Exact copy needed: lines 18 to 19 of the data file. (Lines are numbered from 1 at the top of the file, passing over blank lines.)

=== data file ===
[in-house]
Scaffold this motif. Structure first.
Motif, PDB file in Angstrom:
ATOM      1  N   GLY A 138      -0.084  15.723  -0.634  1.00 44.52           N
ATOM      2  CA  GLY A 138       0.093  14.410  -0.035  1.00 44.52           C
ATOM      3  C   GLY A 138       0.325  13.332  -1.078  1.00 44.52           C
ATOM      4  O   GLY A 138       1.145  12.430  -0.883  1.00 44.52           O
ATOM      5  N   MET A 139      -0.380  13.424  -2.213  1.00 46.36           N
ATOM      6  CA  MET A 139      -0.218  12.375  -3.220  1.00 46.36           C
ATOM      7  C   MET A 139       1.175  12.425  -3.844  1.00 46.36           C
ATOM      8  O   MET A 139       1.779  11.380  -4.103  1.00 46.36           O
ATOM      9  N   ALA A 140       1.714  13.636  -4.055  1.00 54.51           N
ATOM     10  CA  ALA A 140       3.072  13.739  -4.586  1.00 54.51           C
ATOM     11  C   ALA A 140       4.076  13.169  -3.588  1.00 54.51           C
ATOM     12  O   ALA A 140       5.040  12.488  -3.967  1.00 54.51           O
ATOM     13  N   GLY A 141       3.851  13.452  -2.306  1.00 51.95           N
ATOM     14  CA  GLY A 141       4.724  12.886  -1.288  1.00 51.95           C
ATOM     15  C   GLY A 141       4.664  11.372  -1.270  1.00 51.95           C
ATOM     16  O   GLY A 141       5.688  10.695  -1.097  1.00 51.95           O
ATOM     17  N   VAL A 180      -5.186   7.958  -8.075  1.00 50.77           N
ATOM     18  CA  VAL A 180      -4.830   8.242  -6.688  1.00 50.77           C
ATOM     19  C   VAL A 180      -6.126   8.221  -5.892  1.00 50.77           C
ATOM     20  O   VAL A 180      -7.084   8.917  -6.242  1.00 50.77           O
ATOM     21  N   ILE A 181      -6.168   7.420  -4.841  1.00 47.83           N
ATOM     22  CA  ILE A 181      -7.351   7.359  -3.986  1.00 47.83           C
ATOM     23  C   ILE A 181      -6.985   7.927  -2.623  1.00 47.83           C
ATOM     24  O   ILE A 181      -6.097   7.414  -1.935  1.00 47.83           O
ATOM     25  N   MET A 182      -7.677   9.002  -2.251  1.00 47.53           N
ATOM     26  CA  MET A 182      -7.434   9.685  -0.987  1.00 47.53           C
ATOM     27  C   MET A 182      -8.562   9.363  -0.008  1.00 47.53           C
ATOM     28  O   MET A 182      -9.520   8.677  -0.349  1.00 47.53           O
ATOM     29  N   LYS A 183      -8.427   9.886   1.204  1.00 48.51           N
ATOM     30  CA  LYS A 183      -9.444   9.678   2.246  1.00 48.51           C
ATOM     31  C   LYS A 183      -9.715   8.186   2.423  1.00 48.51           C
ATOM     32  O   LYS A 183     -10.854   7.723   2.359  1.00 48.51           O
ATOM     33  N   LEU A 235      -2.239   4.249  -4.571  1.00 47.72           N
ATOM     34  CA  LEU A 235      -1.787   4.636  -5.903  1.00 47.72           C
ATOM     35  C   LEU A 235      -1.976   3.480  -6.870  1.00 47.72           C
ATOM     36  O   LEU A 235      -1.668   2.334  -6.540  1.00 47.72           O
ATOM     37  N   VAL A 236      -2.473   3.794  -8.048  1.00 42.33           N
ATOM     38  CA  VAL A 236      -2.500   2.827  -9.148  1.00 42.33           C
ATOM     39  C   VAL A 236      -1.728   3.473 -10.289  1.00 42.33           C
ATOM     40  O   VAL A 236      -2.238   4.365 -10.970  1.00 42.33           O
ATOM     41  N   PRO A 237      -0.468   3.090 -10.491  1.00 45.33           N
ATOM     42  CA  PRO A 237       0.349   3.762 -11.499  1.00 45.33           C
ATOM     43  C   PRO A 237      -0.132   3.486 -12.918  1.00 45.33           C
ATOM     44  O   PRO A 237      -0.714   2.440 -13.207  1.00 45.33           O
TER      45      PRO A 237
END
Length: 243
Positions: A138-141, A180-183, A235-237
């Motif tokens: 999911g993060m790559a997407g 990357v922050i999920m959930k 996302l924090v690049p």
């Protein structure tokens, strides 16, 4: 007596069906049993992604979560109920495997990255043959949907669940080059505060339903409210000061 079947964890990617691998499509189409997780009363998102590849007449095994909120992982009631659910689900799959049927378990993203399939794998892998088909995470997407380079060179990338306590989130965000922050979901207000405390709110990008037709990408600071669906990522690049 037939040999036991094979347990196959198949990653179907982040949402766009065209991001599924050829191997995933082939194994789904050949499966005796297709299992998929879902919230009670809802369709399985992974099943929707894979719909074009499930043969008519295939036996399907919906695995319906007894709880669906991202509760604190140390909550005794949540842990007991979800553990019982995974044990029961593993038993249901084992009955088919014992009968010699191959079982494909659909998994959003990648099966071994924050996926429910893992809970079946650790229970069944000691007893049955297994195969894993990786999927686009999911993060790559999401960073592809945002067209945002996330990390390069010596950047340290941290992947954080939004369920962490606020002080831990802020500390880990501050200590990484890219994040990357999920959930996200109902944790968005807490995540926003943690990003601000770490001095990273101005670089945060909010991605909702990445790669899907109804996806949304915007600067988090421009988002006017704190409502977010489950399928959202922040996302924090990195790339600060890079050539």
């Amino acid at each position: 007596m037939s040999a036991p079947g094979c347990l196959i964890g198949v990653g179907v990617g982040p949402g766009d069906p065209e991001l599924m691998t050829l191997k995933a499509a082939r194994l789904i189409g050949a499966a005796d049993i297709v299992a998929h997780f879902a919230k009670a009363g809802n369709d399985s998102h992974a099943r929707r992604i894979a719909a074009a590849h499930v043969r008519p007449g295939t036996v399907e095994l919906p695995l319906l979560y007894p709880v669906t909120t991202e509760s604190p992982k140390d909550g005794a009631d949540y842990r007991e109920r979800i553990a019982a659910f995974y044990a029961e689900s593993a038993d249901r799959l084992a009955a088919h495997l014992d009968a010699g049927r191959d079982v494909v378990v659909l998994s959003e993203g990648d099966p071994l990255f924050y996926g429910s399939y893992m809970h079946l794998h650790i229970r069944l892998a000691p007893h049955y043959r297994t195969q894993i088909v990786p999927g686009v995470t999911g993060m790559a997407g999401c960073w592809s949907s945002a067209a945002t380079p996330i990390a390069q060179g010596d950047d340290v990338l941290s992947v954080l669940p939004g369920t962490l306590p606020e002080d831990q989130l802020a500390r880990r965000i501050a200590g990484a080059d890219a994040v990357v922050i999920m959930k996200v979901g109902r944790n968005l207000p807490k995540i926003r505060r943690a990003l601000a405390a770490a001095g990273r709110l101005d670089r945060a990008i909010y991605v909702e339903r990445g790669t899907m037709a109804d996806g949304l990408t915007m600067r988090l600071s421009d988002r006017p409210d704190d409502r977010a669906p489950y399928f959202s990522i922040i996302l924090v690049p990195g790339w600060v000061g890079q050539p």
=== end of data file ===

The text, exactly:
ATOM     15  C   GLY A 141       4.664  11.372  -1.270  1.00 51.95           C
ATOM     16  O   GLY A 141       5.688  10.695  -1.097  1.00 51.95           O